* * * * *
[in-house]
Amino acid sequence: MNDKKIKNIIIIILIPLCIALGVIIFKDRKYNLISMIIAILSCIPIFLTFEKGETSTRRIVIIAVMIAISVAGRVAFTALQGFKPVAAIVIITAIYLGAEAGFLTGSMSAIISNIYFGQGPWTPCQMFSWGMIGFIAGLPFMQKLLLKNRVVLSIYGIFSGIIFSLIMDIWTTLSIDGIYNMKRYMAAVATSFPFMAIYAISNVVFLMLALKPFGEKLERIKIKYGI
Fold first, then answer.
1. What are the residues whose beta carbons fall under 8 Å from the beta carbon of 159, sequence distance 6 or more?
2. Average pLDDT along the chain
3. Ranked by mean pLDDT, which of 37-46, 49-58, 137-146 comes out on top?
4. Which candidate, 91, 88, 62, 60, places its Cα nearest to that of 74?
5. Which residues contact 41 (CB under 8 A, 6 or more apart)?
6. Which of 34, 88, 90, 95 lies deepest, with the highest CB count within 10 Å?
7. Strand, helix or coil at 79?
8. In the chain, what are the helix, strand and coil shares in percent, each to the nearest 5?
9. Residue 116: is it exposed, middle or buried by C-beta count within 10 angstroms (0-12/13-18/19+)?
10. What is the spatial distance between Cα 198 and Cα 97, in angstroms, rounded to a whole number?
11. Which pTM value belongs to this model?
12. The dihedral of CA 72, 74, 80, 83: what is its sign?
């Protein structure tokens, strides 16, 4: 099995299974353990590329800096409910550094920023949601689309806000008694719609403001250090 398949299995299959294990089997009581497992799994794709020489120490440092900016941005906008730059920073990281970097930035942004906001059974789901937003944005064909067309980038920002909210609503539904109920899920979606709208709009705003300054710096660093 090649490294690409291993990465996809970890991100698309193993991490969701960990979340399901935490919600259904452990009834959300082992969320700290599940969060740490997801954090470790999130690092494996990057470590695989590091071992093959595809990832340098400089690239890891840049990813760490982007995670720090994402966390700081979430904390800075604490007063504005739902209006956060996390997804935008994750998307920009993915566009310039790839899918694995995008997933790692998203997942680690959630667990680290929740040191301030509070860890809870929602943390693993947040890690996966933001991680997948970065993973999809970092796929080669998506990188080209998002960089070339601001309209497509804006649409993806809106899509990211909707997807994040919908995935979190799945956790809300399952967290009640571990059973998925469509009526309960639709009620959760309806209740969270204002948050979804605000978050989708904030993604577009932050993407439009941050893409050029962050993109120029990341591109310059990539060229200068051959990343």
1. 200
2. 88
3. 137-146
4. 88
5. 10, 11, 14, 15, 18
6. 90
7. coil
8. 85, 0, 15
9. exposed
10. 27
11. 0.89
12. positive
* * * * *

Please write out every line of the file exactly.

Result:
[in-house]
Amino acid sequence: MNDKKIKNIIIIILIPLCIALGVIIFKDRKYNLISMIIAILSCIPIFLTFEKGETSTRRIVIIAVMIAISVAGRVAFTALQGFKPVAAIVIITAIYLGAEAGFLTGSMSAIISNIYFGQGPWTPCQMFSWGMIGFIAGLPFMQKLLLKNRVVLSIYGIFSGIIFSLIMDIWTTLSIDGIYNMKRYMAAVATSFPFMAIYAISNVVFLMLALKPFGEKLERIKIKYGI
Fold first, then answer.
1. What are the residues whose beta carbons fall under 8 Å from the beta carbon of 159, sequence distance 6 or more?
2. Average pLDDT along the chain
3. Ranked by mean pLDDT, which of 37-46, 49-58, 137-146 comes out on top?
4. Which candidate, 91, 88, 62, 60, places its Cα nearest to that of 74?
5. Which residues contact 41 (CB under 8 A, 6 or more apart)?
6. Which of 34, 88, 90, 95 lies deepest, with the highest CB count within 10 Å?
7. Strand, helix or coil at 79?
8. In the chain, what are the helix, strand and coil shares in percent, each to the nearest 5?
9. Residue 116: is it exposed, middle or buried by C-beta count within 10 angstroms (0-12/13-18/19+)?
10. What is the spatial distance between Cα 198 and Cα 97, in angstroms, rounded to a whole number?
11. Which pTM value belongs to this model?
12. The dihedral of CA 72, 74, 80, 83: what is its sign?
């Protein structure tokens, strides 16, 4: 099995299974353990590329800096409910550094920023949601689309806000008694719609403001250090 398949299995299959294990089997009581497992799994794709020489120490440092900016941005906008730059920073990281970097930035942004906001059974789901937003944005064909067309980038920002909210609503539904109920899920979606709208709009705003300054710096660093 090649490294690409291993990465996809970890991100698309193993991490969701960990979340399901935490919600259904452990009834959300082992969320700290599940969060740490997801954090470790999130690092494996990057470590695989590091071992093959595809990832340098400089690239890891840049990813760490982007995670720090994402966390700081979430904390800075604490007063504005739902209006956060996390997804935008994750998307920009993915566009310039790839899918694995995008997933790692998203997942680690959630667990680290929740040191301030509070860890809870929602943390693993947040890690996966933001991680997948970065993973999809970092796929080669998506990188080209998002960089070339601001309209497509804006649409993806809106899509990211909707997807994040919908995935979190799945956790809300399952967290009640571990059973998925469509009526309960639709009620959760309806209740969270204002948050979804605000978050989708904030993604577009932050993407439009941050893409050029962050993109120029990341591109310059990539060229200068051959990343």
1. 200
2. 88
3. 137-146
4. 88
5. 10, 11, 14, 15, 18
6. 90
7. coil
8. 85, 0, 15
9. exposed
10. 27
11. 0.89
12. positive